Friday, November 26, 2010

Does the government really deserve Buffett’s thanks for financial rescue?

Wed Nov 17, 2010
Does the government really deserve Buffett’s thanks for financial rescue?
Zachary Roth

In an op-ed in Wednesday's New York Times, Warren Buffett offers a belated thank-you to the U.S. government for averting a financial collapse back in 2008. "In this extraordinary emergency, you came through," writes the Oracle of Omaha. "And the world would look far different now if you had not." Buffett praises Fed Chairman Ben Bernanke, current and former Treasury Secretaries Henry Paulson and Tim Geithner, and FDIC Chairwoman Sheila Bair for acting with "courage and dispatch."

The Berkshire Hathaway founder doesn't go into detail about the costs and benefits of the government's various rescue efforts. But his piece takes another high-profile step toward bolstering the emerging consensus among experts that the bailout, despite its extreme unpopularity, was in fact remarkably successful -- saving the economy for what turned out to be a bargain price.

That stance has some merit. But it also glosses over some of the rescue effort's less tangible -- but still enormous -- costs. So it's worth taking a more detailed look at where things stand.

Right now, we simply don't have all the necessary information to do a comprehensive accounting of the final tab for the bailout -- by which we mean not just the Treasury's Troubled Asset Relief Program for banks, but also the efforts to prop up mortgage giants Fannie Mae and Freddie Mac, as well as the flailing automakers at GM and Chrysler, together with additional spending programs by the Federal Reserve. But here's what we can say: To date, the government has spent, invested or loaned $546 billion, according to figures compiled by the nonprofit investigative project ProPublica. Of that amount, $251 billion has been returned. That leaves $296 billion still outstanding -- already far less than the $700 billion price tag that was bandied about for the TARP alone. And it's likely that figure will go down as more banks make repayments.

Back in May, Geithner predicted that just TARP -- including help for GM, Chrysler and homeowners facing foreclosure -- would cost $117 billion, once all repayments were in. Help for Fannie and Freddie would cost $85 billion more, he said. But the government actually stands to make money -- an estimated $115 billion -- on the Federal Reserve's creative finance programs for banks. That gave Geithner a final cost figure for all the government's rescue efforts of $87 billion.

Most people would agree that the price is a bargain for averting financial collapse, which could have caused human misery on the scale of the Great Depression. As Douglas Elliott, a former investment banker now at the Brookings Institution, told the New York Times in September: "This is the best federal program of any real size to be despised by the public like this."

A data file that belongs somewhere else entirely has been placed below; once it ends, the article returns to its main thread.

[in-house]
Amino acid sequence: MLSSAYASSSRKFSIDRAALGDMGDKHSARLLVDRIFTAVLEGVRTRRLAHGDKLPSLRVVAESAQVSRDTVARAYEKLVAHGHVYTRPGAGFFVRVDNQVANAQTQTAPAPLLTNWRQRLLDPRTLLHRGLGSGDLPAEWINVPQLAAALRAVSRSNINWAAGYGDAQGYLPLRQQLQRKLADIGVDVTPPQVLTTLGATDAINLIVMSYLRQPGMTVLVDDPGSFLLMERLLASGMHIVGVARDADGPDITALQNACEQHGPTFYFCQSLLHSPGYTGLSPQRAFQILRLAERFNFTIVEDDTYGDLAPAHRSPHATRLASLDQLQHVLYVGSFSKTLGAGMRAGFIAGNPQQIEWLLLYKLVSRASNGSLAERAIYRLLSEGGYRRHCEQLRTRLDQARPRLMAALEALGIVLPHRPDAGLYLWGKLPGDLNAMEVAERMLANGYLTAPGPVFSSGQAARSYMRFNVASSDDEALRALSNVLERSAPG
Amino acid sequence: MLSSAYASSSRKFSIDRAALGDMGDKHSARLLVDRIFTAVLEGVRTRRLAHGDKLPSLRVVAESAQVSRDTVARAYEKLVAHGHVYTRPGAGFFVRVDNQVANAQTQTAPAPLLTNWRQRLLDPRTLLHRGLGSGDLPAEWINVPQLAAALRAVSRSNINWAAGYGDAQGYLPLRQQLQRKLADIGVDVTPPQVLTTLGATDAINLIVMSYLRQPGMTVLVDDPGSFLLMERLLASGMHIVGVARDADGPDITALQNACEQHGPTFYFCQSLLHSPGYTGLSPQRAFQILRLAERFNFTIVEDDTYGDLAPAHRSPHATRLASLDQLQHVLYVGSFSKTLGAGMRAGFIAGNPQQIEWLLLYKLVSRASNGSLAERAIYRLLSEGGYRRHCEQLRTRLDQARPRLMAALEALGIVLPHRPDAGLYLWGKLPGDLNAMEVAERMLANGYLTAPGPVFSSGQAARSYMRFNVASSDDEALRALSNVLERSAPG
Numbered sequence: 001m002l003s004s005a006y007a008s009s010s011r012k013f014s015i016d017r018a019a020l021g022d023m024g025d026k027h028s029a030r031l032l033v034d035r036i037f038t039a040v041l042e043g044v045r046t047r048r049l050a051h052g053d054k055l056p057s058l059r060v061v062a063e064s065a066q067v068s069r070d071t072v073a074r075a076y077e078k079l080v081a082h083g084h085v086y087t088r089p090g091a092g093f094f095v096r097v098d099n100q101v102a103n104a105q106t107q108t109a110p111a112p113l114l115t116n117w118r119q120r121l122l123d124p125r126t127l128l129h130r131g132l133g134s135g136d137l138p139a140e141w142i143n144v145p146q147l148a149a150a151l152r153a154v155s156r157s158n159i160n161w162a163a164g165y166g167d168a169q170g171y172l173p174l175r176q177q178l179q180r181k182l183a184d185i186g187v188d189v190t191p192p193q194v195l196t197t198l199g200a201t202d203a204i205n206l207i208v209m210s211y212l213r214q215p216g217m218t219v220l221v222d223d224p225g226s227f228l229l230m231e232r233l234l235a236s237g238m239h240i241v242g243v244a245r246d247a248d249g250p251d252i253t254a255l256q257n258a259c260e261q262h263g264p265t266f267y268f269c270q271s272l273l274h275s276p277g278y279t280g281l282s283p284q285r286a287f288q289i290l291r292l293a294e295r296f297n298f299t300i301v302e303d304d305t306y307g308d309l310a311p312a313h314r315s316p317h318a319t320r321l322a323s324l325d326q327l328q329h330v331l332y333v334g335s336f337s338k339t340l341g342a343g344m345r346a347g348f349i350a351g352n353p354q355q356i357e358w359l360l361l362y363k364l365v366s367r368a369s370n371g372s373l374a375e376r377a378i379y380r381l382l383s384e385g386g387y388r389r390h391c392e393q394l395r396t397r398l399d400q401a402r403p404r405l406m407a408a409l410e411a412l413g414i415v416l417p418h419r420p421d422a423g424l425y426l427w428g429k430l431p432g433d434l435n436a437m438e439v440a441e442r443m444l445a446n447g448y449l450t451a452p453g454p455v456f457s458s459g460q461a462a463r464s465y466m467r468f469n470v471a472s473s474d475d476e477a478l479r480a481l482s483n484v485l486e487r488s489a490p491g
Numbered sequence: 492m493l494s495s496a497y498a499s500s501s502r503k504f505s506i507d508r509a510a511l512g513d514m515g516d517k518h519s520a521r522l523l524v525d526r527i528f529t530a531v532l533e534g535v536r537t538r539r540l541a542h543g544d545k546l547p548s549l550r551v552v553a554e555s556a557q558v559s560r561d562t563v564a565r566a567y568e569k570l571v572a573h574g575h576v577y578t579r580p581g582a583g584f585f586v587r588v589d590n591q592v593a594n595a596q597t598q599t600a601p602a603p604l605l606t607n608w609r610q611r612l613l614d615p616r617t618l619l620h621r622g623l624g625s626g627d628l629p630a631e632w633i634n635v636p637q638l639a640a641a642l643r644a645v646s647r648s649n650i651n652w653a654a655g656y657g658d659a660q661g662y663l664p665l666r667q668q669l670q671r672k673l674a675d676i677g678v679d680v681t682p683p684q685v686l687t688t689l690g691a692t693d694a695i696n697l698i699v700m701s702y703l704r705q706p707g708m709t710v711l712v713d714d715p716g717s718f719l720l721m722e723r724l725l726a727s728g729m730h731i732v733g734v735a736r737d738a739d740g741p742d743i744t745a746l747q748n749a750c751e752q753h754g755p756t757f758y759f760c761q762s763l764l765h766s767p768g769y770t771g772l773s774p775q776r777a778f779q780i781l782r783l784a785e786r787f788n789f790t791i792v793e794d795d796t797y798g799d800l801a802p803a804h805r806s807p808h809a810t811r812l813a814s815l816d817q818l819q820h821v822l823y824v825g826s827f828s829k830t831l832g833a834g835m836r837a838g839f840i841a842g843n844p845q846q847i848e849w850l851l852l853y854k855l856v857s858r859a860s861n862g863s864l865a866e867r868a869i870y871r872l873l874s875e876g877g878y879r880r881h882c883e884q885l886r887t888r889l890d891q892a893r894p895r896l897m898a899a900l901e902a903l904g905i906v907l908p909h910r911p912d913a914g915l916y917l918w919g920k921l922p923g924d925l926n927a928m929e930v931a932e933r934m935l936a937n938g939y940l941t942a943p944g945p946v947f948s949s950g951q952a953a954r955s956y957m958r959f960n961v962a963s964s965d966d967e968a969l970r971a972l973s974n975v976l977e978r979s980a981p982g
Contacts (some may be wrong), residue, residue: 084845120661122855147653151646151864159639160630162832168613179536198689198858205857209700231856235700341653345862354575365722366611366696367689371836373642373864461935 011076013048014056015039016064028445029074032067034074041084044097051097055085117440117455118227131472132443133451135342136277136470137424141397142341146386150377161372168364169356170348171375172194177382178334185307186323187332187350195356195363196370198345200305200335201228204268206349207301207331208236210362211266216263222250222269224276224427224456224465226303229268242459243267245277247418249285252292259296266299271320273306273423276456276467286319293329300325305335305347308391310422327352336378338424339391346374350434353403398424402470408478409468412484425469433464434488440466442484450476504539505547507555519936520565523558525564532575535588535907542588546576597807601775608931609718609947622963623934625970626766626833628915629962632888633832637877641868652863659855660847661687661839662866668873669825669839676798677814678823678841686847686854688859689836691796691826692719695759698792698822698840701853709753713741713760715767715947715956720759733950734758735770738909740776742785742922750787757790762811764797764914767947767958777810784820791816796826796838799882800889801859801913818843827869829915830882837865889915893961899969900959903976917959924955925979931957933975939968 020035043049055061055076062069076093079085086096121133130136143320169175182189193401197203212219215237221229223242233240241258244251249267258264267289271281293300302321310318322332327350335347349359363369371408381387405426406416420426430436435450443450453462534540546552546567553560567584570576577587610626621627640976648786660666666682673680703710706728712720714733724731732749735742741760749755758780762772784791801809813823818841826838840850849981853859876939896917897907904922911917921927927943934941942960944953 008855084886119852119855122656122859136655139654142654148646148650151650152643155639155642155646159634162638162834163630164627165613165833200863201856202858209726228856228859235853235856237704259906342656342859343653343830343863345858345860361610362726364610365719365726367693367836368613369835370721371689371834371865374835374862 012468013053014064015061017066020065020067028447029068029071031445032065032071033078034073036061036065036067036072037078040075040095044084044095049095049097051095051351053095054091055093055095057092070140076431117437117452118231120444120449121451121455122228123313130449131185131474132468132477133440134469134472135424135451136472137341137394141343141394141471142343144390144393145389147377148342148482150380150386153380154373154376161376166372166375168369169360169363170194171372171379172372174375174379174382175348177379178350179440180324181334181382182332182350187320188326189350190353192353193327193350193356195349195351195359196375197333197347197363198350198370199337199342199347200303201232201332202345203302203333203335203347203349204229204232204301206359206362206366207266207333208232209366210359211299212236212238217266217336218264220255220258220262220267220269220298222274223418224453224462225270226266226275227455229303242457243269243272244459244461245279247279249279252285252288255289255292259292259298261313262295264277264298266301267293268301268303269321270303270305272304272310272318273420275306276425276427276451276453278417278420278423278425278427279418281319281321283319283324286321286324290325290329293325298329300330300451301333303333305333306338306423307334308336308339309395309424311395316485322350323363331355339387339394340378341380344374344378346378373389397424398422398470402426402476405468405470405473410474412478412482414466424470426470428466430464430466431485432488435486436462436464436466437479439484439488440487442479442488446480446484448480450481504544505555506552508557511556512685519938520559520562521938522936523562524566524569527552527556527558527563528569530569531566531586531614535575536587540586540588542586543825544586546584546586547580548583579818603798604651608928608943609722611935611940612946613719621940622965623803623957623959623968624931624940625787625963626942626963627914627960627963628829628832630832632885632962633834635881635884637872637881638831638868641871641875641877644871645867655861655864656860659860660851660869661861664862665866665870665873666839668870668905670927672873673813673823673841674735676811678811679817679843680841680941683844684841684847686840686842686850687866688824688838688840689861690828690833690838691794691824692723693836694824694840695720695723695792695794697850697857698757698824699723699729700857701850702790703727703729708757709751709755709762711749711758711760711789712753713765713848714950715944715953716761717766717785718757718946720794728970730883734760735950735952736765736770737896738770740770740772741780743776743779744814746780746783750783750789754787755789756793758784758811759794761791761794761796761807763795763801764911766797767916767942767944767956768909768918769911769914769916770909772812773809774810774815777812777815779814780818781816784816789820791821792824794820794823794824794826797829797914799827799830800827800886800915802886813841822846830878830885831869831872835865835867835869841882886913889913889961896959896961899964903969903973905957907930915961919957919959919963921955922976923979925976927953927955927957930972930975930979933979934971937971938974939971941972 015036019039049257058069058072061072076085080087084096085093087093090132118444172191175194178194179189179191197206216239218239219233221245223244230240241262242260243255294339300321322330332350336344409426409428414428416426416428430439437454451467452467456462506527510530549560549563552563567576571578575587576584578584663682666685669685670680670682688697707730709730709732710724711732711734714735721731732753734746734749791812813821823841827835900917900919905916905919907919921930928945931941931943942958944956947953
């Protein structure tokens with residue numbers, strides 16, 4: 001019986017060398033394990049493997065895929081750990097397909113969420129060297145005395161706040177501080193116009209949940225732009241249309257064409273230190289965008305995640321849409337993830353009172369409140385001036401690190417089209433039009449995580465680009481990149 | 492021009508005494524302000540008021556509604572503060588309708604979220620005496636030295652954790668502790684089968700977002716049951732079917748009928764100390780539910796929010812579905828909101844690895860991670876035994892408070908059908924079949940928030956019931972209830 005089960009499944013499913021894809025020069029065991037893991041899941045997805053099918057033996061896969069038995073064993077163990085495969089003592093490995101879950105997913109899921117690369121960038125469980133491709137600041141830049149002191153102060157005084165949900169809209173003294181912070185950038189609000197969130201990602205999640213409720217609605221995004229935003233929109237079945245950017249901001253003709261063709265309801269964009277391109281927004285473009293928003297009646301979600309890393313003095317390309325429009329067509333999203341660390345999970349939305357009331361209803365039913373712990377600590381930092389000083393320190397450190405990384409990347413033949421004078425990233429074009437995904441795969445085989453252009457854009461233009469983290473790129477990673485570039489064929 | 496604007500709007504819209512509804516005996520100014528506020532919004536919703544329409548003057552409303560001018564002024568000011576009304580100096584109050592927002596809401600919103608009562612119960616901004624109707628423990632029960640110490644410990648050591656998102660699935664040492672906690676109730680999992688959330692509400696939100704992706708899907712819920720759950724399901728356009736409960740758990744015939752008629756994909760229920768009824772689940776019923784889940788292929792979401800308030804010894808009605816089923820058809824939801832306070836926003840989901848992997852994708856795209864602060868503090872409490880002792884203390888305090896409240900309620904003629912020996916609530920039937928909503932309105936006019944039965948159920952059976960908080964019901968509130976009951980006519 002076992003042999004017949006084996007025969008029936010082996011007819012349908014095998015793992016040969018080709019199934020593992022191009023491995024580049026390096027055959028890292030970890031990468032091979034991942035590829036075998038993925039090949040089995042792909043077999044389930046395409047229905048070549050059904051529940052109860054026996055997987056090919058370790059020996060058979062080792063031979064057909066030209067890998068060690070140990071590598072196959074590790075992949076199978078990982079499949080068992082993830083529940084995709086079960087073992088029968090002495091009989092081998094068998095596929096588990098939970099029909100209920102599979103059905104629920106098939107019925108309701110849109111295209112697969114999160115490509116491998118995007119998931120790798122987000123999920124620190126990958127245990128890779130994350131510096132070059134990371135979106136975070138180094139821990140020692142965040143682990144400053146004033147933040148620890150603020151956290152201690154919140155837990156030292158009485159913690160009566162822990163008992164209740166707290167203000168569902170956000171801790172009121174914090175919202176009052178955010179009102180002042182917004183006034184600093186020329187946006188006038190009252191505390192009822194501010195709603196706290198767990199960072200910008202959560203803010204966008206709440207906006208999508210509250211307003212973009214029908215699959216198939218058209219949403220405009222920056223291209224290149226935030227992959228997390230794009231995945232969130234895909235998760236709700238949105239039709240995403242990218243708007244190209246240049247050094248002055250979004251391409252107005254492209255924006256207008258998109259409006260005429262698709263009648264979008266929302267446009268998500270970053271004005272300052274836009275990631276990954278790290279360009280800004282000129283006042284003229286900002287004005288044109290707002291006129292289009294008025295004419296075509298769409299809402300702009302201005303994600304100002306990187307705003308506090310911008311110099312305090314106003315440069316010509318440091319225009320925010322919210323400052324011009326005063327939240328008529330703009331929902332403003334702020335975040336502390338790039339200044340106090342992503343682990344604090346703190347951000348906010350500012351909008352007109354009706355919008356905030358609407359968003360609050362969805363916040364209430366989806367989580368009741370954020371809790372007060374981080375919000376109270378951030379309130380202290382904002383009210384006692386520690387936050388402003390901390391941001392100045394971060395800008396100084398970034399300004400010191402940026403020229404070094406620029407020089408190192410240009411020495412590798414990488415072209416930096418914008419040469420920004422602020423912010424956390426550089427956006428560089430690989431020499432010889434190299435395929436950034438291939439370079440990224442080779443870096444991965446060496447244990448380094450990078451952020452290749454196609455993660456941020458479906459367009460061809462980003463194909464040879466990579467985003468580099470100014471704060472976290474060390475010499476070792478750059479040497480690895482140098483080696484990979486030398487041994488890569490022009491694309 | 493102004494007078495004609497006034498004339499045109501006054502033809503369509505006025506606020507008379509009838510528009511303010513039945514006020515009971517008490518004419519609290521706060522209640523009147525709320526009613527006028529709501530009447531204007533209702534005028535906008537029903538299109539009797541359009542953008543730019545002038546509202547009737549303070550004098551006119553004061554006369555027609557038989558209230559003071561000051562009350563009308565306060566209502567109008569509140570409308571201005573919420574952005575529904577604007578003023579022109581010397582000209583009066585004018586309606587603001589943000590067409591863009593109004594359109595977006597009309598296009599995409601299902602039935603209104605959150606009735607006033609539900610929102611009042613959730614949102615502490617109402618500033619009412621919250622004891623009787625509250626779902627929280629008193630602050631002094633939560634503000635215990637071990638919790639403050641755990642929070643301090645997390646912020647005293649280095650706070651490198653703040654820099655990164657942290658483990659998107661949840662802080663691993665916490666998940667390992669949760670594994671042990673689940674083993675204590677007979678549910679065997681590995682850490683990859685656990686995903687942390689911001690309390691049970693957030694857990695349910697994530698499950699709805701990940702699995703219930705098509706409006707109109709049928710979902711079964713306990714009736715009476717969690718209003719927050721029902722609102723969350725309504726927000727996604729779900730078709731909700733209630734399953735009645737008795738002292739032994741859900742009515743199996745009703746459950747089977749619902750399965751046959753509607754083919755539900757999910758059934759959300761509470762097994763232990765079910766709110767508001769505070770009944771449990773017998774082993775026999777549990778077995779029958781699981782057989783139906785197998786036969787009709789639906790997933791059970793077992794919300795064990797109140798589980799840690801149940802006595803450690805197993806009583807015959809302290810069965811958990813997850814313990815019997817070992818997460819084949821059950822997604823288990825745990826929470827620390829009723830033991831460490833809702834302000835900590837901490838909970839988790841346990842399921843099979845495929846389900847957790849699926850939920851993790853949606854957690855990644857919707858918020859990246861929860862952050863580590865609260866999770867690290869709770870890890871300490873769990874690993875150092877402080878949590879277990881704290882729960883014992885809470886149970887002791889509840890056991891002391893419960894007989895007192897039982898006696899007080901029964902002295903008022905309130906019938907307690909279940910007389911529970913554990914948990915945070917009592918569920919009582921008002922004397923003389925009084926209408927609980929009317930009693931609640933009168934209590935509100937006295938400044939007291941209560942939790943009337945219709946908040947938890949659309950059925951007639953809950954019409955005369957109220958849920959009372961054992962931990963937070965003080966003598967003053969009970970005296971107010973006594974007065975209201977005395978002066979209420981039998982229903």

But that's hardly the end of the story. As New York Times financial columnist Gretchen Morgenson has pointed out, the Treasury secretary's tally leaves out the effects of the Fed's near-zero interest rate policy, enacted as a way to spur lending. This policy benefits banks and punishes investors, because it lets the banks earn huge profits on the spread between what they pay for their deposits and what they make from their loans. There's no simple way to calculate a figure for this transfer of wealth to banks, but Morgenson calls it "enormous."

Geithner also overlooked losses suffered when the Federal Deposit Insurance Corp. -- the government entity in charge of winding down failing banks -- has had to enter into loss-sharing arrangements with healthy banks, to get them to take on the troubled assets of failing ones. Again, there's no way to know how much that program might end up costing us, but one widely quoted expert, Christopher Whalen, the editor of the Institutional Risk Analyst, put the figure as high as $400 billion.

And that's not all. TARP was also designed in part to give banks a cash injection that would let them keep bad assets on their books at unrealistic levels -- a setup that Whalen calls "extend and pretend." The banks know that at some point they'll have to assess the value of those toxic assets still on their books. And that's one big reason they're still extremely hesitant to make loans -- which in turn has prolonged the economic slump. Whalen puts that cost at "trillions of dollars," though again, there's really no way to know. And, the government's defenders might say, part of that cost is built into the existence of a crisis in the first place.

You can tell from the vagueness of all these numbers that there's really no reliable way to get a dollar figure for the cost of the government's rescue efforts. And it's also worth noting that even if the cost is in the trillions, a financial Armageddon would probably have cost far more.

But if nothing else, it's worth taking blithe assessments like the government's -- implicitly backed by Buffett's congratulatory op-ed Wednesday -- with the hefty grains of salt they deserve.


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